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Hatching a plan for survival isn’t always easy in the wild. And how animals lay, protect, and even use each other's eggs as a food source help reveal the life cycle of the natural world. Eggs come in all shapes and sizes. The ostrich’s is the largest, but some are so small, you need a microscope to spot them. Animals hide them and disguise them in smart and surprising ways, too. Some abandon their eggs, while others protect them fiercely and carry them wherever they go. There are as many kinds of eggs as there are animals that depend on them, because in the animal kingdom, the fight for survival begins with the simple, but extraordinary, egg.
About the Author
Robin Page lives in Boulder, Colorado, with her husband and collaborator, Steve Jenkins, and their three children. Along with writing and illustrating children’s books, Steve and Robin run a graphic design studio.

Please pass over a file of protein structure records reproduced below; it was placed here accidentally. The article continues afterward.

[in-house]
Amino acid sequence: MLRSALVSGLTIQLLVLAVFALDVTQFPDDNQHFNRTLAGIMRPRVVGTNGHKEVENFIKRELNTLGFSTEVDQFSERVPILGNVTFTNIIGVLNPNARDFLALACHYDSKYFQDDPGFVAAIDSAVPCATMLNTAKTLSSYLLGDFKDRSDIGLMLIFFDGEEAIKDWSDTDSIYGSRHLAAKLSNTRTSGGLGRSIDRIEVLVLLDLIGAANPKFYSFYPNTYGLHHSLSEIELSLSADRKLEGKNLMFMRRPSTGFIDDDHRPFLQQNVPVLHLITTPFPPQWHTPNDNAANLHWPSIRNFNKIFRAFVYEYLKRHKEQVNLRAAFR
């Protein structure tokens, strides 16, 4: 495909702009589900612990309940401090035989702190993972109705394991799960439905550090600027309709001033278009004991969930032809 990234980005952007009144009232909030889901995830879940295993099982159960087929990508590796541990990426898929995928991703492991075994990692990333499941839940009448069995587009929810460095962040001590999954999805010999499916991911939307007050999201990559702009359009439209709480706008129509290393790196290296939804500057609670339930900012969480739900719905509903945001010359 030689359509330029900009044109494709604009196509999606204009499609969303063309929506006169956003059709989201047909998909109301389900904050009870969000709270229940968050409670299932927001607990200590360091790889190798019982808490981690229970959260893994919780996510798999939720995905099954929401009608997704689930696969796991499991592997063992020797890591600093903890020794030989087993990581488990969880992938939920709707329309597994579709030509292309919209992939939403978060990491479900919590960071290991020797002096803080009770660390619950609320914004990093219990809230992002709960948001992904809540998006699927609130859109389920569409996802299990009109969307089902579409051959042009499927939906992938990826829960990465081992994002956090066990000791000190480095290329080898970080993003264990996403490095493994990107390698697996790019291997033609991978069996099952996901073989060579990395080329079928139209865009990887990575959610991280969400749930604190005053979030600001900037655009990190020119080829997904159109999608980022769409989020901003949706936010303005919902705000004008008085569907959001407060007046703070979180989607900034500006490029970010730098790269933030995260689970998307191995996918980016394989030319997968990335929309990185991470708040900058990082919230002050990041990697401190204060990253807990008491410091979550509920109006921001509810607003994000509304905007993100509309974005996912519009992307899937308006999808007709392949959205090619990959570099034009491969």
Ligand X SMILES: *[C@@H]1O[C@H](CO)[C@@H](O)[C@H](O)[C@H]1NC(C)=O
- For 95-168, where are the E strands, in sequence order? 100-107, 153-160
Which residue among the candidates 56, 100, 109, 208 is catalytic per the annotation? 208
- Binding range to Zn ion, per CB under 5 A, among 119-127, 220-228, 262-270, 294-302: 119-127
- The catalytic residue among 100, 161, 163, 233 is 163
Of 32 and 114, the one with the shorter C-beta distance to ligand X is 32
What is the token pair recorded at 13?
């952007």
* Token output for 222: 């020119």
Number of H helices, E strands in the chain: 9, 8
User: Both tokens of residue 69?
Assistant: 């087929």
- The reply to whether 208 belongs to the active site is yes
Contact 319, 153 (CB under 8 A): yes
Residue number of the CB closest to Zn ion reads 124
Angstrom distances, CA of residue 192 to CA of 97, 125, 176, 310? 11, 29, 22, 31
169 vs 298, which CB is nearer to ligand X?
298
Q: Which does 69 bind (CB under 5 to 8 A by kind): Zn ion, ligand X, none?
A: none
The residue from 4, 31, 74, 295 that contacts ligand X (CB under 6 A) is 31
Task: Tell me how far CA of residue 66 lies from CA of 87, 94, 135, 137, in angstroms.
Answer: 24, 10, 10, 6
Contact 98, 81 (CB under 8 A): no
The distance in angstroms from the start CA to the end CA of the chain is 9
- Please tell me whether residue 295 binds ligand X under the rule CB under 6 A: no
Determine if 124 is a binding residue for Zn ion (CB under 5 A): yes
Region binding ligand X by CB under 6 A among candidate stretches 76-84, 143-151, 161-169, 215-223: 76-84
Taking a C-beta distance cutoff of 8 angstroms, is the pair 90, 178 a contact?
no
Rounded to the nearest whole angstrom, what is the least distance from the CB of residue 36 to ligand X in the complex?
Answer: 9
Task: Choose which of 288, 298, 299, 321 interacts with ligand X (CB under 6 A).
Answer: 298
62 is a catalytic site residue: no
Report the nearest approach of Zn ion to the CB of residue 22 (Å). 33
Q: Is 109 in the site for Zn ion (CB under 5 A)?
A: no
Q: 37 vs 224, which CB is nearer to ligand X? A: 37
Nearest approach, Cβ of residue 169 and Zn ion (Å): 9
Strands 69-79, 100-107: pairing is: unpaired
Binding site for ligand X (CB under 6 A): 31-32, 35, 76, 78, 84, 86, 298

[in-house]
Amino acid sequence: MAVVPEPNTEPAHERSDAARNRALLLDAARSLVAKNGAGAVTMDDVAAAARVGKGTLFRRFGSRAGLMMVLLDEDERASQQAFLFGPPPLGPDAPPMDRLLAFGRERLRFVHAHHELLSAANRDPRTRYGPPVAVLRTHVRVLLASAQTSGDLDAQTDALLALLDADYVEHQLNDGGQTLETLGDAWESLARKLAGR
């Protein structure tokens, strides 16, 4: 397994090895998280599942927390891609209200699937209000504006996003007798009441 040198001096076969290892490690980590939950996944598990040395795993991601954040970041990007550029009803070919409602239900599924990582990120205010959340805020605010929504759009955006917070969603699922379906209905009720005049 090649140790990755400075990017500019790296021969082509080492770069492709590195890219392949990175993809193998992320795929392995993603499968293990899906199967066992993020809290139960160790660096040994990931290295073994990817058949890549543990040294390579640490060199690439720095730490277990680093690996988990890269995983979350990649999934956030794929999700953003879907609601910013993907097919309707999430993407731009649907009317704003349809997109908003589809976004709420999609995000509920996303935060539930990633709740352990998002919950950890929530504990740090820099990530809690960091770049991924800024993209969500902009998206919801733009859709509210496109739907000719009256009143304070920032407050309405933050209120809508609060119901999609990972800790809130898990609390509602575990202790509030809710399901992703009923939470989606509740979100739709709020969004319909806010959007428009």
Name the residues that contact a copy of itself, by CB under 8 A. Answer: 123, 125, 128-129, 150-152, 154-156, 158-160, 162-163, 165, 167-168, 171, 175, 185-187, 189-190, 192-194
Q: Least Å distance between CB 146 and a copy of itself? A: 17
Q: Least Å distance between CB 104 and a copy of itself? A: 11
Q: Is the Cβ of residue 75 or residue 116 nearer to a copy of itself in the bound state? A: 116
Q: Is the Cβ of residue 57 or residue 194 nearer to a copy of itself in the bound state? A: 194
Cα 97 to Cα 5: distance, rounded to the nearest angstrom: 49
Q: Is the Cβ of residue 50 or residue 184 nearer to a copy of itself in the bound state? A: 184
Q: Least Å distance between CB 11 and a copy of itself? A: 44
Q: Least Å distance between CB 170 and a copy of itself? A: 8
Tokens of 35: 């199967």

Steve Jenkins has written and illustrated many nonfiction picture books for young readers, including the Caldecott Honor-winning What Do You Do with a Tail Like This? His books have been called stunning, eye-popping, inventive, gorgeous, masterful, extraordinary, playful, irresistible, compelling, engaging, accessible, glorious, and informative. He lives in Boulder, Colorado with his wife and frequent collaborator, Robin Page.
"Created from cut and torn papers with interesting coloration and textures, Jenkins' distinctive illustrations show up well against the white backgrounds. This intriguing presentation will be an asset to many kindergarten and primary-grade classes."
"Appealing, accessible, and accurate, this is another admirable creation."
"Like Jenkins and Page's other works, this delightful purchase combines big, bold illustrations with intriguing science.
—School Library Journal